"Our challenge is that we can't even really estimate what we're going to get from week to week," he said. "Some weeks we get what we request. Other weeks we don't get anything at all."

But Rutherford said the health community in Kalamazoo County has been able to vaccinate just about everyone in what is called the 1A prioritization category. That involves first responders, health care workers at hospitals, Emergency Medical Technicians, and people who respond to emergencies.

"We've started doing 1B, which is a much larger group," Rutherford said referring to people over age 65, and people age 16 or older who have at least one chronic medical condition that puts them at increased risk for severe illness from the virus (such as cancer, kidney disease, heart conditions and/or COPD).

 "Individuals over the age of 65 comprise probably close to 45,000 residents in Kalamazoo County,” he said. “So that's a really large group."

He said they are also working to inoculate about 6,000 employees of kindergarten through grade 12 schools who want it.

"We know that this disease has affected the elderly population more than any other population," Rutherford said. "I'd say probably close to 94 percent of our fatalities in Kalamazoo County are with people over 60. So it's really important that we focus on that population."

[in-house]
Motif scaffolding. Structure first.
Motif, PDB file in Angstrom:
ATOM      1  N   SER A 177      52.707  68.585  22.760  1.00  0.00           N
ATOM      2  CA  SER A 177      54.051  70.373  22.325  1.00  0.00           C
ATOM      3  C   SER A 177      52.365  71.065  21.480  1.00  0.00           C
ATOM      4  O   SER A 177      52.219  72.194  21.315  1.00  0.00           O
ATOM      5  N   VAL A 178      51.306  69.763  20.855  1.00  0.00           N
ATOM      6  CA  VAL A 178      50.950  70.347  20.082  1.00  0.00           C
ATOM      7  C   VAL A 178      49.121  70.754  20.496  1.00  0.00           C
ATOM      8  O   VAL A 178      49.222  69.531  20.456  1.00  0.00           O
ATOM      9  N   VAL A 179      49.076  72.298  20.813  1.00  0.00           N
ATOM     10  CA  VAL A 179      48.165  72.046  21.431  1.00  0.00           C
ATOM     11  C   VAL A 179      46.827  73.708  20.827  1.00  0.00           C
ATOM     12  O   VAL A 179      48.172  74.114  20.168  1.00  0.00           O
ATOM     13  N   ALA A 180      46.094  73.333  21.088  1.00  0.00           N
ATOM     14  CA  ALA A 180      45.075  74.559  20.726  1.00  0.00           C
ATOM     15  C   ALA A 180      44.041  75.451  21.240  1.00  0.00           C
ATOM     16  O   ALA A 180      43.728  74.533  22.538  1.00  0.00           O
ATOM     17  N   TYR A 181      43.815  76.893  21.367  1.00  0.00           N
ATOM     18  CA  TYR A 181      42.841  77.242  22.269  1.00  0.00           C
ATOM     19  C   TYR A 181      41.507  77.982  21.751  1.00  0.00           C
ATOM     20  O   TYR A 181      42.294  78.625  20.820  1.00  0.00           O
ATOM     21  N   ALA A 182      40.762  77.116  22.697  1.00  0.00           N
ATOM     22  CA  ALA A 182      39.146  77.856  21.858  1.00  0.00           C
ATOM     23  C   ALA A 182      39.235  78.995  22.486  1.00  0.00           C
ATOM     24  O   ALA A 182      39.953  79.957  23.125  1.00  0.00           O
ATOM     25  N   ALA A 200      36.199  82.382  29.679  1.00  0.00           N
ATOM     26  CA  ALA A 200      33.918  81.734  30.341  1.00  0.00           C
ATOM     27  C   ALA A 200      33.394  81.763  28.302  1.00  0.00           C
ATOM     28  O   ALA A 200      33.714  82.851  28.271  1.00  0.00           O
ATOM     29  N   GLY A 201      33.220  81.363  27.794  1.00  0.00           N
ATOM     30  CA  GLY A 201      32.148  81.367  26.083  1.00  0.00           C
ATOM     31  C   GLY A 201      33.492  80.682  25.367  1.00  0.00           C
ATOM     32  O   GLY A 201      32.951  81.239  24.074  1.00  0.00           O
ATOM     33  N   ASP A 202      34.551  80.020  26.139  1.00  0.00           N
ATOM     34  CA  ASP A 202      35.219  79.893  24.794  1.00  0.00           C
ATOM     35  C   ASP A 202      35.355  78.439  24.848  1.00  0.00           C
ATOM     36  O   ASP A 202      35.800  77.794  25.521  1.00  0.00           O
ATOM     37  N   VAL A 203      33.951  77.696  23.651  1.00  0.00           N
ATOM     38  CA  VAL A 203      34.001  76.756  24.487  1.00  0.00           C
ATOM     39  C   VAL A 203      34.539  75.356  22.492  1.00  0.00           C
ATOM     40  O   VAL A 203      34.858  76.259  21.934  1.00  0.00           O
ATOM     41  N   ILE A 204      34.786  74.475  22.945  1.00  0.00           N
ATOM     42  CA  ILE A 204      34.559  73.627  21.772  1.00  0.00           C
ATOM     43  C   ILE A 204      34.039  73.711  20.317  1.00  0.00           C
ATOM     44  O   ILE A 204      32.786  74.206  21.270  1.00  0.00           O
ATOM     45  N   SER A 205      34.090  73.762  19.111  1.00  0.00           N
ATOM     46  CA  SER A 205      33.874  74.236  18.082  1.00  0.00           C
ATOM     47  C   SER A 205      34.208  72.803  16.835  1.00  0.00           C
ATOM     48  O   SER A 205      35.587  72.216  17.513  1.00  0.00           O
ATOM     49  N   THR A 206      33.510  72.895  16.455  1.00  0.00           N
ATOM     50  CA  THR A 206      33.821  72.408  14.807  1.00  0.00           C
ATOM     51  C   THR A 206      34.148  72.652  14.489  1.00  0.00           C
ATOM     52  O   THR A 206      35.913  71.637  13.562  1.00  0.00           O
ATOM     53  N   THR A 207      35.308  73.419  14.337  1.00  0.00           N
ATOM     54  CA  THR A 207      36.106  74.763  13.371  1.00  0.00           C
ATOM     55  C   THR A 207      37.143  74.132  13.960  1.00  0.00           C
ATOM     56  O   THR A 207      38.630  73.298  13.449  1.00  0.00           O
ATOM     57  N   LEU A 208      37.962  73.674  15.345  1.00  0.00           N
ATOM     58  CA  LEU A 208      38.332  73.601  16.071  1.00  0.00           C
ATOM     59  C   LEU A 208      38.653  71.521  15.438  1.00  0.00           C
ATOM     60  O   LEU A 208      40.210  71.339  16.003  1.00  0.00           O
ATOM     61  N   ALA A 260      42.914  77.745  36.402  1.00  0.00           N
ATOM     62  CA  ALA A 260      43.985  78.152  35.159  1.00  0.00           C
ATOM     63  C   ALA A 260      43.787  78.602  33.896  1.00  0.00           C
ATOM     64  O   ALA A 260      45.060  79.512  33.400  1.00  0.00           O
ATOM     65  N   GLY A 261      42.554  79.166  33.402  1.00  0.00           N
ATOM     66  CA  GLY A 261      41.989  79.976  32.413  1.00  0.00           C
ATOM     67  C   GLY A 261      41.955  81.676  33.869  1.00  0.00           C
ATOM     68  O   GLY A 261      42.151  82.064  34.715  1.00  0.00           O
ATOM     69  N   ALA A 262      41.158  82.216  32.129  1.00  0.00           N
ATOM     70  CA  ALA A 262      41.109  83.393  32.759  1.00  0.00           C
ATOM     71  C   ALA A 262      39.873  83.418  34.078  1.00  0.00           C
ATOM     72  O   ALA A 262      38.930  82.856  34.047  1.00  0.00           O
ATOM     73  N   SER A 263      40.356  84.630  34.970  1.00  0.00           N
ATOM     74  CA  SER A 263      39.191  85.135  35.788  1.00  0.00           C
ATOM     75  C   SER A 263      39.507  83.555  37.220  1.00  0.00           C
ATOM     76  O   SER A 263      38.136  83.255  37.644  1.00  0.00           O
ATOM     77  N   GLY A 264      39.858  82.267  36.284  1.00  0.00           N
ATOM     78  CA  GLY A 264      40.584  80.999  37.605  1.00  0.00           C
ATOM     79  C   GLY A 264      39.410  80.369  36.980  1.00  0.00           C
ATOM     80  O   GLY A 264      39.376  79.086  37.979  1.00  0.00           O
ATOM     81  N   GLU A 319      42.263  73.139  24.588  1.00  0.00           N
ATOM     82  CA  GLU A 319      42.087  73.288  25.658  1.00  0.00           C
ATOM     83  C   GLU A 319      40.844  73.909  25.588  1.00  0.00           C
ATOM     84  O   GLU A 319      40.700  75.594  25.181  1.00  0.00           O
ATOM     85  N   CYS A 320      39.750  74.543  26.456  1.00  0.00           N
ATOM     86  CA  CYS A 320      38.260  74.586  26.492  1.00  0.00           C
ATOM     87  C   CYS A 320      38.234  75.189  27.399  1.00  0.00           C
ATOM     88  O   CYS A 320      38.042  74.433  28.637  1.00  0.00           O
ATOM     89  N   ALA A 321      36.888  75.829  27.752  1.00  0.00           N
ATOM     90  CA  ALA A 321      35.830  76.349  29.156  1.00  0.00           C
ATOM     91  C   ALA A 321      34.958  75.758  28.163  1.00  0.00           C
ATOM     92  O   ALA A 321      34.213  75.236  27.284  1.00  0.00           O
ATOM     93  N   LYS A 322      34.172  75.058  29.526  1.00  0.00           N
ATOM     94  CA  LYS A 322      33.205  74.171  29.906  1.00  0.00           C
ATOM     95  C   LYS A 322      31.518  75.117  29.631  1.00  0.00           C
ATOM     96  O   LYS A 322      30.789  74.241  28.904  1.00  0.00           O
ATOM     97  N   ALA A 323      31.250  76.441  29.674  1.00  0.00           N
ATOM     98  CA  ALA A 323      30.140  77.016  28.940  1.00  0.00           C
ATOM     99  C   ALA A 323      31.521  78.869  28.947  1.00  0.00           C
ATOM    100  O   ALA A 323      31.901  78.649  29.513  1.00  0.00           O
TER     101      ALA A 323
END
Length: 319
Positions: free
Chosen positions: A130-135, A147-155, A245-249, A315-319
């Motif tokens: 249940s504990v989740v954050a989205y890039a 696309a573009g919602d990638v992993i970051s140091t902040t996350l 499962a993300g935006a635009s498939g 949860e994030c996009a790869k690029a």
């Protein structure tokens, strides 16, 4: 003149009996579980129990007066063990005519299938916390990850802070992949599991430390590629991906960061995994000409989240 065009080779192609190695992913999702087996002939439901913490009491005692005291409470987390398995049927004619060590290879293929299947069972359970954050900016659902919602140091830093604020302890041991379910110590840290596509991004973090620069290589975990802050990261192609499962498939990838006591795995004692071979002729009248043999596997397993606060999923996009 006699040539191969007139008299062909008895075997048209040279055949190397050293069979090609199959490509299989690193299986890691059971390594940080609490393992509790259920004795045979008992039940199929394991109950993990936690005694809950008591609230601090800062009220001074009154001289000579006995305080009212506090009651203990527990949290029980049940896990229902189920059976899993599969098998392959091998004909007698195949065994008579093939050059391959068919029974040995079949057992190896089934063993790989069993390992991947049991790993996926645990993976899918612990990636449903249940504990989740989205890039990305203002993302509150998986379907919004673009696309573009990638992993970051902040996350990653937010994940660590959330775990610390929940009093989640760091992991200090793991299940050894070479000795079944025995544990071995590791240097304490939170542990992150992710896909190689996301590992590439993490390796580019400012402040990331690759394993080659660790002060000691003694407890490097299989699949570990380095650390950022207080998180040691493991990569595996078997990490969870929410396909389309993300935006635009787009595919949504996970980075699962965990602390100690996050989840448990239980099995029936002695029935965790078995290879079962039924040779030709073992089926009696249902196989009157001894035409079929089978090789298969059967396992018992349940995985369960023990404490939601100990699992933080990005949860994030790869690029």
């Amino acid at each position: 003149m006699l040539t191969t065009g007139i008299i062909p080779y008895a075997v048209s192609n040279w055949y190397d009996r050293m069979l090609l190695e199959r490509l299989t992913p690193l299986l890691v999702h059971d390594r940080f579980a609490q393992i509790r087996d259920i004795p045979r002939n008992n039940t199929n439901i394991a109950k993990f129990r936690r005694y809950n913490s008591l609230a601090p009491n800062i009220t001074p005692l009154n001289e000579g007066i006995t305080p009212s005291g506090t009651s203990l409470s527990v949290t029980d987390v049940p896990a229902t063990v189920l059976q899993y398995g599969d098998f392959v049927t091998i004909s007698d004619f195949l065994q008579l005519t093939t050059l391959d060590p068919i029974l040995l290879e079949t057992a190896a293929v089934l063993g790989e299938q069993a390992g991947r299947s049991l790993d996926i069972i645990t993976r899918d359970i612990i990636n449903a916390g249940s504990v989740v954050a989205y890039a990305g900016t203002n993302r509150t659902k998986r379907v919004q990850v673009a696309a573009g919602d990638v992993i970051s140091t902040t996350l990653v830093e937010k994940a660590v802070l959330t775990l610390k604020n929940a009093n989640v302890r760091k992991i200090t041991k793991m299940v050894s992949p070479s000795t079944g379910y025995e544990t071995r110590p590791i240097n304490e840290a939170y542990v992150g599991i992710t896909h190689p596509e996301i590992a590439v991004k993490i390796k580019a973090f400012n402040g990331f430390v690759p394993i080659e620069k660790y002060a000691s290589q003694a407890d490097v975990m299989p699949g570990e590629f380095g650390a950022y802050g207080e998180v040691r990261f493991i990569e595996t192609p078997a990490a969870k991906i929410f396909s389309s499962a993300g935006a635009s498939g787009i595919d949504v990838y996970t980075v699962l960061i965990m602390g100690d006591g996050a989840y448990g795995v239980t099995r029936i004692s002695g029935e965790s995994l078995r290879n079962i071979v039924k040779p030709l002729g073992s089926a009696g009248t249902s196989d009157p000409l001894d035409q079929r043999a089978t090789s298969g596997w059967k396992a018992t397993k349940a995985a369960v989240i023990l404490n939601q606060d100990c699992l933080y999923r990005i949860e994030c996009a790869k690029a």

Lane-Davies said people can check Bronsonhealth.com to see if there is a vaccine available and click on a link to sign up to be vaccinated.

Denise Crawford, president and chief executive officer of Family Health Center in Kalamazoo, said COVID-19 has disproportionately impacted African-American and Hispanic people so the health center is using simple phone calls (at 269-488-0804) to try to make it as easy as possible for people to sign up to be vaccinated. It was set to administer shots on Friday (Jan. 22) in the parking lot of Stones Church (1225 W. Paterson St.) to people 65 and older who called in to register.  

Q: How does the vaccine work?